House Freedom Caucus Draws Hard Line, Says ‘No’ to Current Spending Levels

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The House Freedom Caucus and conservative groups held a press conference Tuesday opposing any deal to continue government spending at current levels, hours before the House reconvened after a week-long recess to tackle the task of keeping the government open past September 30.

The White House, eager to stave off a shutdown, has proposed a clean extension of current spending levels — with the addition of $40 billion of Ukraine aid, disaster relief, and border security funding — through November or December, giving Congress time to pass legislation to fund the government through the next fiscal year.

Although a large bipartisan consensus in the Senate, led by Leaders Chuck Schumer (D-NY) and Mitch McConnell (R-KY), backs the White House strategy, in the House, where Republicans hold a slim majority, the path is more complicated, and conservatives are exerting their leverage in an attempt to force spending cuts and policy changes.

“No one is here interested in a pause in government funding,” said Rep. Scott Perry (R-PA), Chairman of the House Freedom Caucus. “What we’re interested in is taking the Biden boot off the neck of the American people.” Yet with the end of the fiscal year approaching and Congress failing to pass any of the 12 appropriations bills for the next fiscal year thus far, failure to strike a deal would result in a partial government shutdown.

Participants in the press conference argued they’ve seen this play out before, with leadership thrusting a last-minute vote to keep the government open upon them at the last minute, and derided Republican leadership for failing to negotiate earlier for conservative priorities.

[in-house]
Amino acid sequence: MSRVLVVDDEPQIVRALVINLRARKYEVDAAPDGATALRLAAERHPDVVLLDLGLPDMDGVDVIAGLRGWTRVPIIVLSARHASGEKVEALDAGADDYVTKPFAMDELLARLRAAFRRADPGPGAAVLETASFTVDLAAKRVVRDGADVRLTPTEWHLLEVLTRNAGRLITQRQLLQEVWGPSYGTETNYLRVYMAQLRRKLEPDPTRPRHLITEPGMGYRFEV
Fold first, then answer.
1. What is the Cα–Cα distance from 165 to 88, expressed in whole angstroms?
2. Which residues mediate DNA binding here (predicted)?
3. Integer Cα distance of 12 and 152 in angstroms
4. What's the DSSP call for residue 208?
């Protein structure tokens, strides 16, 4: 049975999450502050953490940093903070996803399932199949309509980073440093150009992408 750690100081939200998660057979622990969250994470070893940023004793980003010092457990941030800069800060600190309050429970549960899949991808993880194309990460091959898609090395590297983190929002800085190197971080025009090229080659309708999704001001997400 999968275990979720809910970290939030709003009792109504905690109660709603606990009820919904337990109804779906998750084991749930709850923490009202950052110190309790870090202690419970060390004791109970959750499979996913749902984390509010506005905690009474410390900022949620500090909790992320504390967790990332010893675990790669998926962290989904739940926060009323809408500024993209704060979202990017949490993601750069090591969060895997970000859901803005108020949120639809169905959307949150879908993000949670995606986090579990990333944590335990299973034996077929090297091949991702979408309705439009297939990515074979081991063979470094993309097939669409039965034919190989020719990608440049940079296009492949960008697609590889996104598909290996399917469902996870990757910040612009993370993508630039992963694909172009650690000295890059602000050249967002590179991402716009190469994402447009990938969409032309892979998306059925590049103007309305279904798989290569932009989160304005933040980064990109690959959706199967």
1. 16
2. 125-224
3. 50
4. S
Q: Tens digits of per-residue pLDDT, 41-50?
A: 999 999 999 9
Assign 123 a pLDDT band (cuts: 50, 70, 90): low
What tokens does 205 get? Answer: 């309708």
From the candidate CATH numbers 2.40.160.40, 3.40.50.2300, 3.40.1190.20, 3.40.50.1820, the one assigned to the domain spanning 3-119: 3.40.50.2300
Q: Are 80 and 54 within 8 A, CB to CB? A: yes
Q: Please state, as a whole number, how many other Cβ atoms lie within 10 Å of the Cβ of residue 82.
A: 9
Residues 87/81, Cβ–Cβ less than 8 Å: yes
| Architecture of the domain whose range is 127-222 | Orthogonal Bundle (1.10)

“Are we really walking into this month, this return from recess, a couple of weeks out from the spending deadline, and being told we have to support a clean [continuing resolution]?” questioned an exasperated Rep. Dan Bishop (R-NC). Heritage Foundation President Kevin Roberts argued the American people don’t care about parliamentary procedure and simply want Congress to address inflation and the crisis at the southern border. “Only in D.C. would this be complicated,” Roberts lamented.

Speaker Kevin McCarthy (R-CA), who has navigated challenging dynamics since ascending to the speakership in January after 15 ballots, has made some concessions to conservatives, bucking the White House and Senate in favor of a funding extension without additional aid to the Ukrainians’ war effort against Russia. Congress has already allocated over $100 billion in taxpayer funding to the war despite no clear end in sight, and requiring a separate standalone vote for the Ukrainian aid, McCarthy is offering an incentive to conservatives to support his broader government funding plan.

However, without the Ukrainian aid included, Speaker McCarthy likely must count on support from Republicans only, and conservatives wanting further concessions smell blood. Most notably, they seek a further boost in border security funding with policy changes written into law to force the Biden administration to get tougher at the southern border.

The White House is already sounding the alarm on the harm it claims a partial government shutdown would inflict. Yet with conservative resentment over prior battles to reign in spending, notably the omnibus deal struck in December 2022 and the most recent raising of the debt limit this summer, a shutdown might be the likely outcome, with no clear path for resolution.

“We got rolled on the debt ceiling,” said a resolute Rep. Ralph Norman. “We’re not gonna get rolled again.”

In addition to the House Freedom Caucus, Tuesday’s press conference was held by the Heritage Foundation, FreedomWorks, Tea Party Patriots, Club for Growth, Citizens for Renewing America, NumbersUSA, Tea Party Patriots, and the State Freedom Caucus Network. Sens. Rick Scott (R-FL) and Mike Lee (R-UT) also joined.


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